Words. What are words?
Take a minute to formulate a definition. How would you describe what a word is?
Here’s my definition (and in full disclosure, it took me about a week of thinking to come up with this): A word is a lexical unit representing a thing, concept, or idea.
Here’s what my second favorite word resource has to say about it:
a unit of language, consisting of one or more spoken sounds or their written representation, that functions as a principal carrier of meaning. Words are composed of one or more morphemes and are either the smallest units susceptible of independent use or consist of two or three such units combined under certain linking conditions, as with the loss of primary accent that distinguishes blackbird from black bird. Words are usually separated by spaces in writing, and are distinguished phonologically, as by accent, in many languages.
Here’s a distilled version: A morpheme is the smallest unit of language and has an assigned meaning. So you remember your roots and affixes (suffixes, prefixes, and infixes)? Those are morphemes. Words are made up of one or more morphemes. Make sense?
You might be wondering why this is important. Will God still use you if you mix up your suffixes? Of course He will. But let me repeat what I said yesterday about worship: to worship at only part of our capacity is to shortchange Him the glory that is rightfully His. And when He calls us to a work and gives us a passion for a particular kind of worship, I think it’s critical we learn as much about it as we can so we can exercise it as best we’re able. The better we understand the science of language, the better we can execute the art.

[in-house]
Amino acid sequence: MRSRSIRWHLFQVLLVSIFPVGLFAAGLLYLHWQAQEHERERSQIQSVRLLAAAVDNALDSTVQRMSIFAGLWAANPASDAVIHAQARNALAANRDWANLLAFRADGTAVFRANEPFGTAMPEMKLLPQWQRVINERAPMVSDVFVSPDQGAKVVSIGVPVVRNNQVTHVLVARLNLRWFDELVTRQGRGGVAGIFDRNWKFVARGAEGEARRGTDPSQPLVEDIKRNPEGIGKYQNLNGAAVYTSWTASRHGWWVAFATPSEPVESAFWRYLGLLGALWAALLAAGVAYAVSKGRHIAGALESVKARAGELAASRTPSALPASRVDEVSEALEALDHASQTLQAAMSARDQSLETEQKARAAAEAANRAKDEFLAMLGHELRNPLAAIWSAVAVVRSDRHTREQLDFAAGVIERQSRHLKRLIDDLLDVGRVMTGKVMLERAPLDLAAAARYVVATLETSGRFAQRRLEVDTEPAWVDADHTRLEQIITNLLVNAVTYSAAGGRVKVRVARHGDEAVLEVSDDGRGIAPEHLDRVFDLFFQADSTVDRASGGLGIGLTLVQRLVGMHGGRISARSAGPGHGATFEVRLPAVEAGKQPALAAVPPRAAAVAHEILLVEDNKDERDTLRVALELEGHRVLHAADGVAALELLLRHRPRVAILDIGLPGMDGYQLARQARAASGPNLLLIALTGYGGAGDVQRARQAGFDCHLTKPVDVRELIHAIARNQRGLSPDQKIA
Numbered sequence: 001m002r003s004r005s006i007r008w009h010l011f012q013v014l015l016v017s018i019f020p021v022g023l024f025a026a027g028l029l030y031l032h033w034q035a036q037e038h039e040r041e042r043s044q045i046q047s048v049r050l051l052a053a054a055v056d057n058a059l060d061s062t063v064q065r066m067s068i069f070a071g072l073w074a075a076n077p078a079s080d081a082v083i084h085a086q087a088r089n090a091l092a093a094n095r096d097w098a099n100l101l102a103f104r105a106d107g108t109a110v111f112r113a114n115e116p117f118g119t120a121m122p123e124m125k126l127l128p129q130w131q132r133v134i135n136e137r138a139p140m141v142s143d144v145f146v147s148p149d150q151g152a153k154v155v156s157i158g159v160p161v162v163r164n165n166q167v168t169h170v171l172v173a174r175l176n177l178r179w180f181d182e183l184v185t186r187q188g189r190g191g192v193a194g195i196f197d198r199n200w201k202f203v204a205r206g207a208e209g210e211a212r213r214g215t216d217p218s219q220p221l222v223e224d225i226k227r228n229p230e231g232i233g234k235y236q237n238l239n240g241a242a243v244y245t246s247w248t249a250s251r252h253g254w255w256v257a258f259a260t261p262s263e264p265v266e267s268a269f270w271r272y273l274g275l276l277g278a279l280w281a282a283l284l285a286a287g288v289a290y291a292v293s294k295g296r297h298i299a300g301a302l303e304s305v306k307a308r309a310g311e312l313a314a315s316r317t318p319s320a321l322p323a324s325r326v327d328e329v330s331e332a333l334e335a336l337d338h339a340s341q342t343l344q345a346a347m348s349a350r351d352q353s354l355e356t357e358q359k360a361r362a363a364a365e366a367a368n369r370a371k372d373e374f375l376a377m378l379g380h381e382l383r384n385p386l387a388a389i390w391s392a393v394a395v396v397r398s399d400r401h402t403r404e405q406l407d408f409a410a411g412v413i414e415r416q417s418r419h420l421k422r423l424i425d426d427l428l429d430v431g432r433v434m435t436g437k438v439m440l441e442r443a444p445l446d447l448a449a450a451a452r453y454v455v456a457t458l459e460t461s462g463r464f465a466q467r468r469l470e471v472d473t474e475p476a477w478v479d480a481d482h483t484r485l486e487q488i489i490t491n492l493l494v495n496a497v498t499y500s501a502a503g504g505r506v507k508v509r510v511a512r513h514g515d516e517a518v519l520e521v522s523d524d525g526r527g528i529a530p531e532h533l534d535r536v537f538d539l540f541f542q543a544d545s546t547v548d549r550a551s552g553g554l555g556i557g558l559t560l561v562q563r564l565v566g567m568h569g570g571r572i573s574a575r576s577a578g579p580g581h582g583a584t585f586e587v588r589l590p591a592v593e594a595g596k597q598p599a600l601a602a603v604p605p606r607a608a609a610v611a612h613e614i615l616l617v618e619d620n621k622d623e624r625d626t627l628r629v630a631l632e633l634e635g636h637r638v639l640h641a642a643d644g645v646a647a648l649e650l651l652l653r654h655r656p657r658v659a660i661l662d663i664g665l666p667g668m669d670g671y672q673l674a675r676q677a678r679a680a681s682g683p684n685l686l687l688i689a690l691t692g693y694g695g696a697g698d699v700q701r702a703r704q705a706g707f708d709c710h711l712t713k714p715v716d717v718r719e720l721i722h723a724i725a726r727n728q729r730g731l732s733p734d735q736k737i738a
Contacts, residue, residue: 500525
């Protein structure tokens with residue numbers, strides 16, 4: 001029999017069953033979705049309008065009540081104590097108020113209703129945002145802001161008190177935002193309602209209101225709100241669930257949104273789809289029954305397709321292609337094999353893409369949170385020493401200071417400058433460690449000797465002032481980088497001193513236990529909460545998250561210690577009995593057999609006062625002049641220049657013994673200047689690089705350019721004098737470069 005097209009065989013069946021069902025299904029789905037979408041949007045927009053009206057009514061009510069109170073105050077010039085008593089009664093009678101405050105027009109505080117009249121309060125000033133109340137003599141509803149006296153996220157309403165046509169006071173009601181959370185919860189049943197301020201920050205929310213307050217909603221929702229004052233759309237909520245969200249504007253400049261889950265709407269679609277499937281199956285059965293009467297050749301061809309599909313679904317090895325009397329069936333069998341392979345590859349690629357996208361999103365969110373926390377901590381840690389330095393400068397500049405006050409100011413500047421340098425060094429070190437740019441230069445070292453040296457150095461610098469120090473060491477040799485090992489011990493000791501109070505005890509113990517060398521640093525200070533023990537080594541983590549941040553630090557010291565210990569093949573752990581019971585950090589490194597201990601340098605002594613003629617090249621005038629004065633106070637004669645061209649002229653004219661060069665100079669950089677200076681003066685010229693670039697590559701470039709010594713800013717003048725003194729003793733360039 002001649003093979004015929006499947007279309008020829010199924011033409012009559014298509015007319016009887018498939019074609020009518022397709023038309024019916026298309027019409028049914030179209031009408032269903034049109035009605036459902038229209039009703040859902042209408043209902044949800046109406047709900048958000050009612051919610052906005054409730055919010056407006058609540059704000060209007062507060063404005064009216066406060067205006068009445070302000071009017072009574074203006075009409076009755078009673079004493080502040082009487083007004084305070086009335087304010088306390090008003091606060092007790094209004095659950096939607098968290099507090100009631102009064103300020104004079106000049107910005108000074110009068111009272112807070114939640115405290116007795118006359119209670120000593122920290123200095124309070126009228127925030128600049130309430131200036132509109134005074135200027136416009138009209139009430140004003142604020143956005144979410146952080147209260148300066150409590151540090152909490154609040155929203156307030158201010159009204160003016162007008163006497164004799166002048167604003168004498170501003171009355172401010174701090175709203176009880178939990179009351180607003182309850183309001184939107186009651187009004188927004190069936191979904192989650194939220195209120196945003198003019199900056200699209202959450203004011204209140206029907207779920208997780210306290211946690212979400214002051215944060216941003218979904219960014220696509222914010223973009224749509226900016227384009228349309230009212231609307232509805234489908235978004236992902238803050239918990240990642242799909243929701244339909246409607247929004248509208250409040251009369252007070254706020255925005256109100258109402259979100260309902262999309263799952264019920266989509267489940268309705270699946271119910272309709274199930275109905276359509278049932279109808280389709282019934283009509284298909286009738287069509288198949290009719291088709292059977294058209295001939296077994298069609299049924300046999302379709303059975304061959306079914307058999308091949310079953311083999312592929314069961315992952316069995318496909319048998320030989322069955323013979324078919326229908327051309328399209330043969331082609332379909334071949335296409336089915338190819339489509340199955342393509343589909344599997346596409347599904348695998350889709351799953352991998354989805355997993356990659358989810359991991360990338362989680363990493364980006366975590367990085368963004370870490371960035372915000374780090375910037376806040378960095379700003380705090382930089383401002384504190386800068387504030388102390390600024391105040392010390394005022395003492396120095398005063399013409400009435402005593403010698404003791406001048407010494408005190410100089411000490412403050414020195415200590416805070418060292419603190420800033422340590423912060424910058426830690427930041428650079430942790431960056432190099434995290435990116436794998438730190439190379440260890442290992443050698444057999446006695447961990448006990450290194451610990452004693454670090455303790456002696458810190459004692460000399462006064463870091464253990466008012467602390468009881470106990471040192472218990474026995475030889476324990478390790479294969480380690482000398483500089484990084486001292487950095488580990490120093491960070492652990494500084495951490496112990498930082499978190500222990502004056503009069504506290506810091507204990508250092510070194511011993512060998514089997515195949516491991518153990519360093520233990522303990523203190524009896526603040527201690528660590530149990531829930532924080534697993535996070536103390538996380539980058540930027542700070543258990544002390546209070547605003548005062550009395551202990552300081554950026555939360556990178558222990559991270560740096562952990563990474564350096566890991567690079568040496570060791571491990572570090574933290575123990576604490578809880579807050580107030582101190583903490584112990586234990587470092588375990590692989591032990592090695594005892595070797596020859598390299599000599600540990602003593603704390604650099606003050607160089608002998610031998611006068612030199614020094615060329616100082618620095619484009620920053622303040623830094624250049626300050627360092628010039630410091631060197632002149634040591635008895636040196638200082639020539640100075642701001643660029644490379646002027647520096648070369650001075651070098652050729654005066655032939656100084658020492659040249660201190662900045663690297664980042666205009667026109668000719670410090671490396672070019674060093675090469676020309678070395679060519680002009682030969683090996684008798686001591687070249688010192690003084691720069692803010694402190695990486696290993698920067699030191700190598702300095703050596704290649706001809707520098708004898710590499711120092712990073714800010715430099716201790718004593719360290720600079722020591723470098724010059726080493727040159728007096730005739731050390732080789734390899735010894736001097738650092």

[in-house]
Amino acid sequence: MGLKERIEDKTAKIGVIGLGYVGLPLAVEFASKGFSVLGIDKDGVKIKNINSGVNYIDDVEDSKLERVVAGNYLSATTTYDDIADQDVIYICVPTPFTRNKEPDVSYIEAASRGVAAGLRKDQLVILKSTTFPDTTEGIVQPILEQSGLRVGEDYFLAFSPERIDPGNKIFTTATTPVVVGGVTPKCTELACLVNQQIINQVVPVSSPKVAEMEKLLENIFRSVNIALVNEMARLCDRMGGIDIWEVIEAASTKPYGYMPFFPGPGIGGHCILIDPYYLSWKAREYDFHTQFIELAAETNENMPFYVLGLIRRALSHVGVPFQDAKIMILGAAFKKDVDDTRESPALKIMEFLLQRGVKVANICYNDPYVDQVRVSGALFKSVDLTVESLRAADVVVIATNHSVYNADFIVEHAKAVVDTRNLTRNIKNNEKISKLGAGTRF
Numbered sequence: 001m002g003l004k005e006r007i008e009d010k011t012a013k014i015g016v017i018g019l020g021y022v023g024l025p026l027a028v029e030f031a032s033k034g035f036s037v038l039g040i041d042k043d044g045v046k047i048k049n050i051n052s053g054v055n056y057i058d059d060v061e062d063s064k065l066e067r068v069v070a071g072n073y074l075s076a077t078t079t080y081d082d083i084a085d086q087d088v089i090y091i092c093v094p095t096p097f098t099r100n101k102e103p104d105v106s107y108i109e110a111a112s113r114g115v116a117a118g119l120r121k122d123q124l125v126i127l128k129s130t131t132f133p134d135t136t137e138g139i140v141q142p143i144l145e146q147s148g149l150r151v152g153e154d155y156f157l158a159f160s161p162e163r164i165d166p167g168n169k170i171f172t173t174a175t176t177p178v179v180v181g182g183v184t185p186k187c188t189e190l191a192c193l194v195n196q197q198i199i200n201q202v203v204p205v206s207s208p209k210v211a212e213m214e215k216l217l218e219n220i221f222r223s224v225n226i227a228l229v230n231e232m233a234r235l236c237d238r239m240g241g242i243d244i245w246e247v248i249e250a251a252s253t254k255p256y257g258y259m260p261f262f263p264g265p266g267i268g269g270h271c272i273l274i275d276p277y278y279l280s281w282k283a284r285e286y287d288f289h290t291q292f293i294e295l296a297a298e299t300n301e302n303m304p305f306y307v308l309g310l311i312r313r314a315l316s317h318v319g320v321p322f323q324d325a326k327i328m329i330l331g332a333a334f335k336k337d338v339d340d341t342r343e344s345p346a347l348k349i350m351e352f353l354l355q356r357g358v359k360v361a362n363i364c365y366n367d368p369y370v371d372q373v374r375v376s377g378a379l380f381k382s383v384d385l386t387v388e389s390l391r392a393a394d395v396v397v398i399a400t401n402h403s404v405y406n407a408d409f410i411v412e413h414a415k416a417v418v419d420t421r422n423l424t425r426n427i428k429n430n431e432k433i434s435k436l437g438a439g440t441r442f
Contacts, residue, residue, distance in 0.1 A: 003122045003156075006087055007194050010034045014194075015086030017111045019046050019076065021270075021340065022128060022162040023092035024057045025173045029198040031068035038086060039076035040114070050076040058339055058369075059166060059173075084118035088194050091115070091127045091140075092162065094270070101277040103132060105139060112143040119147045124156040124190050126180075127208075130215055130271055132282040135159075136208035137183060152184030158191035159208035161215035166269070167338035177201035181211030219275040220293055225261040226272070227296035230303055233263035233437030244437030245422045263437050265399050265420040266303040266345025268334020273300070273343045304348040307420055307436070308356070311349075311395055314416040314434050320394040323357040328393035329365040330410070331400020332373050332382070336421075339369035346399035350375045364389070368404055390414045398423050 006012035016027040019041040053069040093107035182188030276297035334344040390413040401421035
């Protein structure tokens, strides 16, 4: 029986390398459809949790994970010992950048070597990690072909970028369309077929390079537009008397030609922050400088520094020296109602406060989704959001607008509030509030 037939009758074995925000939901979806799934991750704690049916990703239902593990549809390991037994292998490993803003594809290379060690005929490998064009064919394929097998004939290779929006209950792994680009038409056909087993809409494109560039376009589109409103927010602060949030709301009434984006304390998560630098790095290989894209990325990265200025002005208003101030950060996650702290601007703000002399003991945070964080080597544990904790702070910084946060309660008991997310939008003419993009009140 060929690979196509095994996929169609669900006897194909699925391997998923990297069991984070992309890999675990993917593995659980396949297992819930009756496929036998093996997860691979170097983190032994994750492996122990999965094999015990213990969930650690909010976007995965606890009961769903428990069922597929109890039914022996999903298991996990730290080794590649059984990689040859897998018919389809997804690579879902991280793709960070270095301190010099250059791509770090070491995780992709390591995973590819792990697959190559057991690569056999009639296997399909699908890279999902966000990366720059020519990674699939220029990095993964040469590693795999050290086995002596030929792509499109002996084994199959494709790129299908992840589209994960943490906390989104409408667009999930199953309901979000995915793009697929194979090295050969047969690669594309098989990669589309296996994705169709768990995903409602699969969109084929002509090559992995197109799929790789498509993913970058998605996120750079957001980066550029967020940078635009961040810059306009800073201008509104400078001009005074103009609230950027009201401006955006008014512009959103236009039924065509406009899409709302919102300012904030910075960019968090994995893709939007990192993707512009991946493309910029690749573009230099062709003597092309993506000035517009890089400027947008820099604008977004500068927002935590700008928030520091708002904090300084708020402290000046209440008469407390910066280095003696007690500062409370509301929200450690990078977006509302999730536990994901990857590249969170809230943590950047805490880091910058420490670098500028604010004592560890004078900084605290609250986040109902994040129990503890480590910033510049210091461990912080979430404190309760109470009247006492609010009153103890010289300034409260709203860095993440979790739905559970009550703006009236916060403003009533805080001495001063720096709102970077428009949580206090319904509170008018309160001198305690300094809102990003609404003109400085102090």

Affixes are morphemes that can’t stand alone. They have to be attached to a root word to exist and have meaning. You’re probably familiar with the terms prefix and suffix, which refer to morphemes that attach to the beginning or the end of a root word respectively. (Rarely in English will you encounter an infix, which is attached in the middle of a word.)
There are two types of affixes: derivational and inflectional. Derivational affixes change the meaning of a word. Here are a few examples:
All but eight affixes in the entire English language are derivational. The other eight are inflectional and are all suffixes. I made you a virtual poster listing them all, plus examples:
Morphemes are the smallest unit of language and have an assigned meaning. They can be roots or affixes.
Affixes are morphemes that cannot stand alone. They are prefixes (joined to the beginning), suffixes (joined to the end), or infixes (joined in the middle. These are rare in English).
Words are made up of one or more morphemes. The morphemes that make up the word determine its meaning.
Now that we know that, let’s put that knowledge to practical use! Comment with one of your favorite words and its breakdown into morphemes and you could enter to win $10 to Starbucks. Who wouldn’t enjoy an iced vanilla chai tea latte this week? My hand is raised high. I’m obviously not entering, but I broke down a word for you anyway:
PS. Nobody is grading you for accuracy here. I super love grammar, so I want you to love it! And if you walk away from here with a little more understanding, confidence, and love for it, I’ll be more than satisfied.
Many thanks to the Rochester Institute of Technology’s page on morphemes for the more technical information found here.